Declines in density of one natural, three artificially-seeded and eight experimental populations of Anadara granosa were monitored over periods ranging from seven to twelve months. For three of four large populations the decline in density has been adequately described by a model of the form N t=N 0·e zt where N t is density at time t, N o is initial density and z is the instantaneous mortality coefficient. The mean value of the latter was found to be-1.88·yr-1 with 95% confidence limits-1.54 to-2.25. The data obtained from the experimental populations demonstrated that mortality is unaffected by initial densities upto 2,500·m-2, but increases as shore elevation decreases due at least partly to greater access by predators at the lower levels.The data on mortality rates have been combined with previously-published information on growth rates in order to arrive at estimates of production. At one of the artificially-seeded sites the 95% confidence limits of estimates of mean production are 24 and 62 g dry tissue·m-2·yr-1 with an average value of 42 g·m-2·yr-1. Examination of the effects of shore elevation on production revealed that the latter is greatest at the uppermost shore level studied because down-shore increases in growth rate are more than offset by increases in mortality. Production per individual has been shown to decrease with increasing density. This latter fact has been used to estimate the maximum possible production which, for one site 250 cm above chart datum, lies between 49 and 72 g·m-2·yr-1 (95% confidence intervals). It has been demonstrated that for one of the culture sites variation about an estimate of mean mortality rate does not contribute as much to the variation of the final estimate of production as does the variation about the estimates of the mean values of the constants in a growth equation.As far as possible production of Anadara granosa has been compared with values reported for other marine and estuarine bivalve molluscs and it is concluded that A. granosa may be considered moderately to highly productive.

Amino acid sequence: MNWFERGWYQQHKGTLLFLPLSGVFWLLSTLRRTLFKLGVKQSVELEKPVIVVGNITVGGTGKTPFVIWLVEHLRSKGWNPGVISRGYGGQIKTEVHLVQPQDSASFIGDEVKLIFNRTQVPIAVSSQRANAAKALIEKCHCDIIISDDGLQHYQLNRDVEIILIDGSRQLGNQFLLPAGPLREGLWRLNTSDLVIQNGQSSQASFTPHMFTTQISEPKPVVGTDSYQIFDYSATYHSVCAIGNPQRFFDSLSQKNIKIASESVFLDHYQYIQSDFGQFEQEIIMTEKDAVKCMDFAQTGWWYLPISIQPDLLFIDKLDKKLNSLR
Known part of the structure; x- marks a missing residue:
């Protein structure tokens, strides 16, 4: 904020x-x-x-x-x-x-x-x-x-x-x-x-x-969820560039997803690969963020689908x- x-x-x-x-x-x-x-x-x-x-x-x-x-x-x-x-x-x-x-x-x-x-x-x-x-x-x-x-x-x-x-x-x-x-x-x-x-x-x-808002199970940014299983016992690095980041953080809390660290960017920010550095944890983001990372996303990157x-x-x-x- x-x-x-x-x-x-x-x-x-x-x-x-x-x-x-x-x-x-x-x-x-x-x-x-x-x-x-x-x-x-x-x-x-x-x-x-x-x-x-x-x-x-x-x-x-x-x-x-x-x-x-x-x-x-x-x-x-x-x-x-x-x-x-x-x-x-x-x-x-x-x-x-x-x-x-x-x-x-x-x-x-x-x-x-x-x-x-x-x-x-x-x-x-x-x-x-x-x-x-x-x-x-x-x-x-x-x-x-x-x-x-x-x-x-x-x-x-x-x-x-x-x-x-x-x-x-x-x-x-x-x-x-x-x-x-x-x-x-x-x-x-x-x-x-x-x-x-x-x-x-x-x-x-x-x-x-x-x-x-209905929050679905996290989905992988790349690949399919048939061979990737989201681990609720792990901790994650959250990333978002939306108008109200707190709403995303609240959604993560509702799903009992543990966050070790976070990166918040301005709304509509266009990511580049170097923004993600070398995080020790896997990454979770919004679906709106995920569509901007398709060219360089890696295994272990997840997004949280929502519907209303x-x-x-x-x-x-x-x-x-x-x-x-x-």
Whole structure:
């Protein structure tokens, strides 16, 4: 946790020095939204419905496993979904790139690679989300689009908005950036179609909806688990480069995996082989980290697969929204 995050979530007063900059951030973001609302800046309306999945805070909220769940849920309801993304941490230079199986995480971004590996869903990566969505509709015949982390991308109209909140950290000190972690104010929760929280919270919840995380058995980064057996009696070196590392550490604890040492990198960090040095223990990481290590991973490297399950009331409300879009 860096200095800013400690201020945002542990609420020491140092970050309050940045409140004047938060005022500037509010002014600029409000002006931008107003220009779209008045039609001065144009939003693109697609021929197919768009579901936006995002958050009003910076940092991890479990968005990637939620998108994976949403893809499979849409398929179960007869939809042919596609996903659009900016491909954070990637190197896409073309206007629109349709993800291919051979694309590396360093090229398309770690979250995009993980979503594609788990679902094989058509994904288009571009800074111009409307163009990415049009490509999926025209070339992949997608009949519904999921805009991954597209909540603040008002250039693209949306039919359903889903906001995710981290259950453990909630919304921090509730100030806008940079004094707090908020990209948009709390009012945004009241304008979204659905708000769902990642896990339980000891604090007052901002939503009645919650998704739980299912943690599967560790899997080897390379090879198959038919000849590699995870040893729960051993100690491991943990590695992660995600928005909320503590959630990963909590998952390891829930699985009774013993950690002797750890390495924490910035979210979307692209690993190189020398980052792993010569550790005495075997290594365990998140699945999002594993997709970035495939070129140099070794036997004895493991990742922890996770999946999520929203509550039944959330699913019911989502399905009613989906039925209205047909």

* Title and MeSH Headings from MEDLINE®/PubMed®, a database of the U.S. National Library of Medicine.